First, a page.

Synthetic Compound Examples

Glossary of Grammatical and Rhetorical Terms

synthetic compounds
In a synthetic compound, as these examples demonstrate, the right-hand element commonly ends in either -ing or -er.

In morphology, a synthetic compound is a type of compound that parallels a verbal construction, with the head derived from a verb and the other element functioning as an object. Also known as a verbal compound. Contrast with root compound.

Synthetic compounding is a type of word formation in which compounding and derivation are combined.

According to Rochelle Lieber, "The thing that distinguishes synthetic from root compounds, and therefore that drives the interpretation of synthetic compounds, is the fact that the second stem of a synthetic compound is by definition a deverbal derivation, and in deverbal derivations, we often have more than one argument available for co-indexing.

Further, those arguments, by virtue of being verbal arguments, have distinctive thematic interpretations which contribute to the interpretation of any co-indexed stem" (Morphology and Lexical Semantics. Cambridge University Press, 2004).

See Examples and Observations below.

Types of Compounds

Examples and Observations

  • "In the literature on Present-day English (PE) word formation, compound nouns of the form [Noun + Verb-ing] (e.g., city-planning, housekeeping, letter writing) and compound nouns of the form [Noun + Verb -er] (e.g., dishwasher, taxi driver, watchmaker) are often called 'synthetic compound nouns.' The possible grammatical relation between the first Noun and the second Verb in these constructions has constituted an important topic of discussion. For example, Bloomfield (1933: 231-232) claims that synthetic compounds embody the verb-object relationship, and Marchand (1969: 15-19) also defines synthetic compounds in terms of the verb-object relationship. To state simply the most generally held view, PE synthetic compounds are based on the verb-object relationship and exclude the subject-verb relationship (Adams 2001: 78-79; Liever 2005: 381)."
    (Akiko Nagano, "Subject Compounding and a Functional Change of the Derivational Suffix -ing in the History of English." Studies in the History of the English Language V, ed. by Robert A. Cloutier, et al. Walter de Gruyter, 2010)
  • Compounding and Derivation
    "Consider the following English nominal compounds of which the head is a deverbal noun:
    (22) sword-swallower, heart-breaker, church-goer, money-changer, typesetter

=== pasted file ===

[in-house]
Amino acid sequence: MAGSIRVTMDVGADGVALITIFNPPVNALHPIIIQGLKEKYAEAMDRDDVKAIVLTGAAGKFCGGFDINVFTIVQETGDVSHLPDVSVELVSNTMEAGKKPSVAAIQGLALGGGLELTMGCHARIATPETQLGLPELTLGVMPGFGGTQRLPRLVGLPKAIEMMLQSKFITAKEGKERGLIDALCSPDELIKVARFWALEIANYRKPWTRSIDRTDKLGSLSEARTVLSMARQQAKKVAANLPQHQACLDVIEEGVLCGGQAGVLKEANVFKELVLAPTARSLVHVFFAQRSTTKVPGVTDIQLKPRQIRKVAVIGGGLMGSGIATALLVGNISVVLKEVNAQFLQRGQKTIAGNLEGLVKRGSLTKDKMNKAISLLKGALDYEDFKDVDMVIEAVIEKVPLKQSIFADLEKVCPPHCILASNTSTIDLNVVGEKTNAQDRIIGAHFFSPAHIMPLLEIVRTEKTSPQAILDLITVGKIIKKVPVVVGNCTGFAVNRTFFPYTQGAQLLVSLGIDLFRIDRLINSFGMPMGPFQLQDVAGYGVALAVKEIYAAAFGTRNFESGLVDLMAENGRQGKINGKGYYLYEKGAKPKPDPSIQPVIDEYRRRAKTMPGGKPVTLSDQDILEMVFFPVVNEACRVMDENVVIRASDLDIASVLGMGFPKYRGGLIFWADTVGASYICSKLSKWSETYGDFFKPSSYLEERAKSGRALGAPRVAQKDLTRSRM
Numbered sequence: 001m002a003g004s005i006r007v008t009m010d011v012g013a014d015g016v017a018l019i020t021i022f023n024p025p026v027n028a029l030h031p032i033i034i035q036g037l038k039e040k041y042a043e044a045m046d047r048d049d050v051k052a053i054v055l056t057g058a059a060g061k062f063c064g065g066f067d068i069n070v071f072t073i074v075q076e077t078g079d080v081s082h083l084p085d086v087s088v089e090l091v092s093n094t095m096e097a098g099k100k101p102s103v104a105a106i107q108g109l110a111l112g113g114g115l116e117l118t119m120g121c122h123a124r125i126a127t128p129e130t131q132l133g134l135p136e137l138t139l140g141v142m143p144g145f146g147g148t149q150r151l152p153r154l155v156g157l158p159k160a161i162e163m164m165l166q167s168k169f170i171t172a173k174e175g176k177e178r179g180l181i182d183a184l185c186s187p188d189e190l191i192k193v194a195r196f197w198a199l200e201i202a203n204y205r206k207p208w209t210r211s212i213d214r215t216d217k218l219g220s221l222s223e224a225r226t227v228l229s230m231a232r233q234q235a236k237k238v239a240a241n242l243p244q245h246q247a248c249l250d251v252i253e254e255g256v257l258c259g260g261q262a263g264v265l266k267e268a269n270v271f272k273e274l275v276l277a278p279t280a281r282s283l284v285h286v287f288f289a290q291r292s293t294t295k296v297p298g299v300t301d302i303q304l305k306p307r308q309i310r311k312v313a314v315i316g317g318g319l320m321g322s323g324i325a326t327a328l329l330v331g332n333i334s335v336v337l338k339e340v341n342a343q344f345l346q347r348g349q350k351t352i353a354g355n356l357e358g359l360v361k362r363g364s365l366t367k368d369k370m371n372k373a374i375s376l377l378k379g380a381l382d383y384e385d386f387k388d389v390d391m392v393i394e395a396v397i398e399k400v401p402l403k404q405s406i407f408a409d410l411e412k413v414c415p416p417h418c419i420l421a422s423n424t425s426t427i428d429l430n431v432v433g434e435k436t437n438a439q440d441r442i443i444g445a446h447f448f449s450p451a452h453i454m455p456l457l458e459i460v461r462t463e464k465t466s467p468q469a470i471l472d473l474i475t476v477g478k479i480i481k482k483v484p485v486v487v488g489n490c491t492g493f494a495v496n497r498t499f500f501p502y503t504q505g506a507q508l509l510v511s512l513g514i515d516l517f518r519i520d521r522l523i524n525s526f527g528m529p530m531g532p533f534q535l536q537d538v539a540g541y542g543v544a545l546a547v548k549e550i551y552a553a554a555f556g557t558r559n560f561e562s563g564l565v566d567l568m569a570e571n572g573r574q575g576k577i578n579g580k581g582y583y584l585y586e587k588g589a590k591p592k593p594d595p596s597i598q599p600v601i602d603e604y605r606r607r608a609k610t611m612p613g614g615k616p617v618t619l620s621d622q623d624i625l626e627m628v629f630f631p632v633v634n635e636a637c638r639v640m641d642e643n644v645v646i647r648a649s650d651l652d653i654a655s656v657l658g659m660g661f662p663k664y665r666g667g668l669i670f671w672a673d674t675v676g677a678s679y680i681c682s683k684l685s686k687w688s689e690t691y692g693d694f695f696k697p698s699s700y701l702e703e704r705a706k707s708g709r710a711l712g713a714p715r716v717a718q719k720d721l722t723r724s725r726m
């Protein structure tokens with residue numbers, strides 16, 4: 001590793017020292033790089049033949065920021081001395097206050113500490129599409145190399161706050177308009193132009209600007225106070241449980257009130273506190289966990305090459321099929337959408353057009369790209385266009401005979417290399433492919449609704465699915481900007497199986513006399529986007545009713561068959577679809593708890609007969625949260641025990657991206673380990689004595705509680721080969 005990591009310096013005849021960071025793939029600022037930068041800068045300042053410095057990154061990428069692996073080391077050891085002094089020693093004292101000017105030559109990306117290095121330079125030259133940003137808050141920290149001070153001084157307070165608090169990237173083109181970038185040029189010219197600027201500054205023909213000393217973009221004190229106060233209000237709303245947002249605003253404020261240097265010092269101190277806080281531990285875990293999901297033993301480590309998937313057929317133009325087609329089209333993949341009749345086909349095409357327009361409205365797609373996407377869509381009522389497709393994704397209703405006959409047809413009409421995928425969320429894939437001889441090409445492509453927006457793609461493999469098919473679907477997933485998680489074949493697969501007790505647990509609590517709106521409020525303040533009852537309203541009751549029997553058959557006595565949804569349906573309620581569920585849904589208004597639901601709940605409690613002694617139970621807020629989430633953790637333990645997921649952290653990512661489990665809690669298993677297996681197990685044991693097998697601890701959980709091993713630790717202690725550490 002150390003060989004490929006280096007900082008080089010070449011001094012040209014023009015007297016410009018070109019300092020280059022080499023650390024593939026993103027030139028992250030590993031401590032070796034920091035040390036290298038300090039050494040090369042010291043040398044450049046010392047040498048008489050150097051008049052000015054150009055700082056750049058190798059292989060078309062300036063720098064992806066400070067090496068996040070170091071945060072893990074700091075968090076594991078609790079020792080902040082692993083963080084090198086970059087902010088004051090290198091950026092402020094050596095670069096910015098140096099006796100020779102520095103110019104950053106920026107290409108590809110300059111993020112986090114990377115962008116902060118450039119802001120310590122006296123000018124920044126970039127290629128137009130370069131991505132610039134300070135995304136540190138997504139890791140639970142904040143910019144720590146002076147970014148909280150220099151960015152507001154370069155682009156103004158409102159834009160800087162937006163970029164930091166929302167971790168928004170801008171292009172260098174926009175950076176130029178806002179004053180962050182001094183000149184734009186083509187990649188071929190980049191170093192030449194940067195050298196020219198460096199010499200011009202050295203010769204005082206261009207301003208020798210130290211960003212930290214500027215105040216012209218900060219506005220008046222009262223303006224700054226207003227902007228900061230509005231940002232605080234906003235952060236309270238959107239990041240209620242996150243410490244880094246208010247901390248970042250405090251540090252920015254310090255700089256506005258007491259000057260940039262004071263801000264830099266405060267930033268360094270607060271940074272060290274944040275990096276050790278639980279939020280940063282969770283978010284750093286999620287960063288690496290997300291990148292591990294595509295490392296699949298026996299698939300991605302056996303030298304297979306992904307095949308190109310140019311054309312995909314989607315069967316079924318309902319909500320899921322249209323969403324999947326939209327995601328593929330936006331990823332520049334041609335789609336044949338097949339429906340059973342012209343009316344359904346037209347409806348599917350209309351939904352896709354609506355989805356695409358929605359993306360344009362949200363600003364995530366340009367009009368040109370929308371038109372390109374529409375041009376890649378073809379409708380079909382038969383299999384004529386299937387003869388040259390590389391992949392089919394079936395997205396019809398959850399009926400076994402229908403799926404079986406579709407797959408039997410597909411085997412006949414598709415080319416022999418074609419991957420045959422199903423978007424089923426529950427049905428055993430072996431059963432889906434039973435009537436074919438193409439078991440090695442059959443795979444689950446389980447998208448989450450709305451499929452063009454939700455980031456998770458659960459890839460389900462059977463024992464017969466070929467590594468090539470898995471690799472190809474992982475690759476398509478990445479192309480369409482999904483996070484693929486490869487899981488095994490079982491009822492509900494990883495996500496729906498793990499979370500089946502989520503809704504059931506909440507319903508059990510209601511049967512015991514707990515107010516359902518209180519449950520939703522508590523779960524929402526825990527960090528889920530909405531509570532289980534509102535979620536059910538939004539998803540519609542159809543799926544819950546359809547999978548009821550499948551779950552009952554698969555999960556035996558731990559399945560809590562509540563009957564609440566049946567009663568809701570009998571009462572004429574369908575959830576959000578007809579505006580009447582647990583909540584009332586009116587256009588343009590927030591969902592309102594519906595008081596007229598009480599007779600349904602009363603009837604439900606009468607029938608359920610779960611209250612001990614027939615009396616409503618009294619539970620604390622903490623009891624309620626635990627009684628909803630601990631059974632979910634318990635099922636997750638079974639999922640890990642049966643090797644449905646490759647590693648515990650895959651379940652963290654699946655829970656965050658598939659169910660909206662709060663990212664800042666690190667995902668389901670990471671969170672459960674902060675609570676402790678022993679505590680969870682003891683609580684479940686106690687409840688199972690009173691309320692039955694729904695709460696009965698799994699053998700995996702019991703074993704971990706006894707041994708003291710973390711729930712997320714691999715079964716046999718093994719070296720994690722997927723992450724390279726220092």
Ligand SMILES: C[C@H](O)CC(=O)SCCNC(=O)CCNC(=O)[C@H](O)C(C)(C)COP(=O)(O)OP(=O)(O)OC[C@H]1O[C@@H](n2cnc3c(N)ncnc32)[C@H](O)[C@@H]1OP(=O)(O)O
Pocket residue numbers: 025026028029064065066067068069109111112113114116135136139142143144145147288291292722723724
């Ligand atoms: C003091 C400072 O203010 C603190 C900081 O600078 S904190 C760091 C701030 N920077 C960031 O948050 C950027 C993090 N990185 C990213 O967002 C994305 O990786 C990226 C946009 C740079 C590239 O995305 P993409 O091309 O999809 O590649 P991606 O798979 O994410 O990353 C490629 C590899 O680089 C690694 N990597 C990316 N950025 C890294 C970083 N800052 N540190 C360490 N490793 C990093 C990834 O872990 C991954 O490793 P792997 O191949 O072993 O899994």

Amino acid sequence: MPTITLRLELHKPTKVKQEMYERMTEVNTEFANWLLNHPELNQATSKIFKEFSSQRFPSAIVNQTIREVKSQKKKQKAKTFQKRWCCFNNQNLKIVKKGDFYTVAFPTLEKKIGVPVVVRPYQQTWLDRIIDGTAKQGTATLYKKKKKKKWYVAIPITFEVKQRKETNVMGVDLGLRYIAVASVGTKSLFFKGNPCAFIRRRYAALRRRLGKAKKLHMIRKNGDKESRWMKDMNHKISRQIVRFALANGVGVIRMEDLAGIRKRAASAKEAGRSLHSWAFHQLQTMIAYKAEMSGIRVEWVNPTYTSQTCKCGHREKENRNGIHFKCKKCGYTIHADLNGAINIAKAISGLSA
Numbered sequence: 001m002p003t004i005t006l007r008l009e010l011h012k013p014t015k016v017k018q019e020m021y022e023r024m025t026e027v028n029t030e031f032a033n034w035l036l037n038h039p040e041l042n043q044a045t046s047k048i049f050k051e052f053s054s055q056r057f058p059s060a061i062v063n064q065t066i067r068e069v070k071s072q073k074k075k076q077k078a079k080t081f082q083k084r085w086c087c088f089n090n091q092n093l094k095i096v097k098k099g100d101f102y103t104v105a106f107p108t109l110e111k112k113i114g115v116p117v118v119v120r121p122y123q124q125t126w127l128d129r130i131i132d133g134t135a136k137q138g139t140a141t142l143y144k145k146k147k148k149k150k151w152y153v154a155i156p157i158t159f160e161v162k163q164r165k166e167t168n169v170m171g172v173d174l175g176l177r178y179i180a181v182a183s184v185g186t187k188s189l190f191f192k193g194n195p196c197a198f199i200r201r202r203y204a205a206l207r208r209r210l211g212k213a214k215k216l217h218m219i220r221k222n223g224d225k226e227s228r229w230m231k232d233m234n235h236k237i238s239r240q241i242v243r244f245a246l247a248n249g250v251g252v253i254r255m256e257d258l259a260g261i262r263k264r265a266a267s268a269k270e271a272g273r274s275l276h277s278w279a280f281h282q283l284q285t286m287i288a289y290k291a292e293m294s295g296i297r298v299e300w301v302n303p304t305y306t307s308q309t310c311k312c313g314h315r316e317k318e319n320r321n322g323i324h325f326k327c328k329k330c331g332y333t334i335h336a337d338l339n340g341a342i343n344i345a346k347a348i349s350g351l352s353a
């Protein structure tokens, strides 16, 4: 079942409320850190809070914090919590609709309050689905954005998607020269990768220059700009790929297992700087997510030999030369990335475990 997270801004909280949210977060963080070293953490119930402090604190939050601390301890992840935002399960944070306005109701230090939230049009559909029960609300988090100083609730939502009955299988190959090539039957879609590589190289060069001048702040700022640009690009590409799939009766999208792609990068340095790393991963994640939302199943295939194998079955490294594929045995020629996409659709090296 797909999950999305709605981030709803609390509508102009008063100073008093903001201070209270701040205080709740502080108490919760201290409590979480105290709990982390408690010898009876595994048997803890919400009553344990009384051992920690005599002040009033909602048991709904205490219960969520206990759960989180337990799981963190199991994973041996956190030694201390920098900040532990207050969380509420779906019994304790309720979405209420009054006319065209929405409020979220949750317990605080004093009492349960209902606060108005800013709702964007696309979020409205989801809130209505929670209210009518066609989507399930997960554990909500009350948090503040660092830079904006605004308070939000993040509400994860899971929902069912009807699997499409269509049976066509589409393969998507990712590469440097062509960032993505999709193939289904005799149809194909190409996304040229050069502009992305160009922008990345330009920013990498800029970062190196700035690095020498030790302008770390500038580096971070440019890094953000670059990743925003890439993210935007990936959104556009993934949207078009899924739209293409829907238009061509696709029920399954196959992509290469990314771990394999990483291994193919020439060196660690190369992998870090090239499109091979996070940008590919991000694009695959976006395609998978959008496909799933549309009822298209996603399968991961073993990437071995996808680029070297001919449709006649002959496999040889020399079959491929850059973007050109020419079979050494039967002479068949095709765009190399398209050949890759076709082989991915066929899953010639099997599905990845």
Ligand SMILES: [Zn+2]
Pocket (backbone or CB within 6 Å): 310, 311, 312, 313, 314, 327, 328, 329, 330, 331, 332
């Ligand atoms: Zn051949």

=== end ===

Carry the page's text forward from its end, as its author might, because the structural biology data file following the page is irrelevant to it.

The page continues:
These compounds pose some analytical questions. First, some of the nominal heads such as swallower and goer do not occur as words of their own. These are possible, but not established English words. Thus, these words show that possible words can function as building blocks in word-formation. One might also argue that these words are derived by attaching the suffix -er to the verbal compounds sword-swallow, heartbreak, etc. This alternative analysis is inadequate because verbal compounding is not a productive process in English, and hence does not license the possible words sword-swallow or heartbreak. What we see here is that the use of one word-formation process, nominal compounding, implies the use of another word-formation process, deverbal nominalization with -er, which provides possible words like swallower and breaker. These words are then used as the heads of nominal compounds. The term synthetic compounding is traditionally used to indicate that this kind of word-formation looks like the simultaneous use of compounding and derivation."
    (Geert Booij, The Grammar of Words: An Introduction to Morphology, 2nd ed. Oxford University Press, 2007)
  • Synthetic Compounds and Root Compounds
    "Synthetic compounds can easily be confused with root compounds formed from a deverbal noun whose base can be used intransitively. For instance, in addition to truck driver we could coin motorway driver meaning 'one who drives (regularly) on motorways.' (This construction has primary stress on motorway, so it is clearly a compound.) However, this is not a synthetic compound; rather, it is a root compound, whose head is a derivative of drive used intransitively. With the handful of verbs which must be used transitively, it is all but impossible to form such root compounds. For instance, while we can say omelet maker we could not say pan maker meaning 'one who makes (e.g. omelets) in a pan.' This is because make is very difficult to use intransitively."
    (Andrew Spencer, "Morphology and Syntax." Morphologie/Morphology, ed. by Geert Booij, Christian Lehmann, and Joachim Mugdan. Walter de Gruyter, 2000)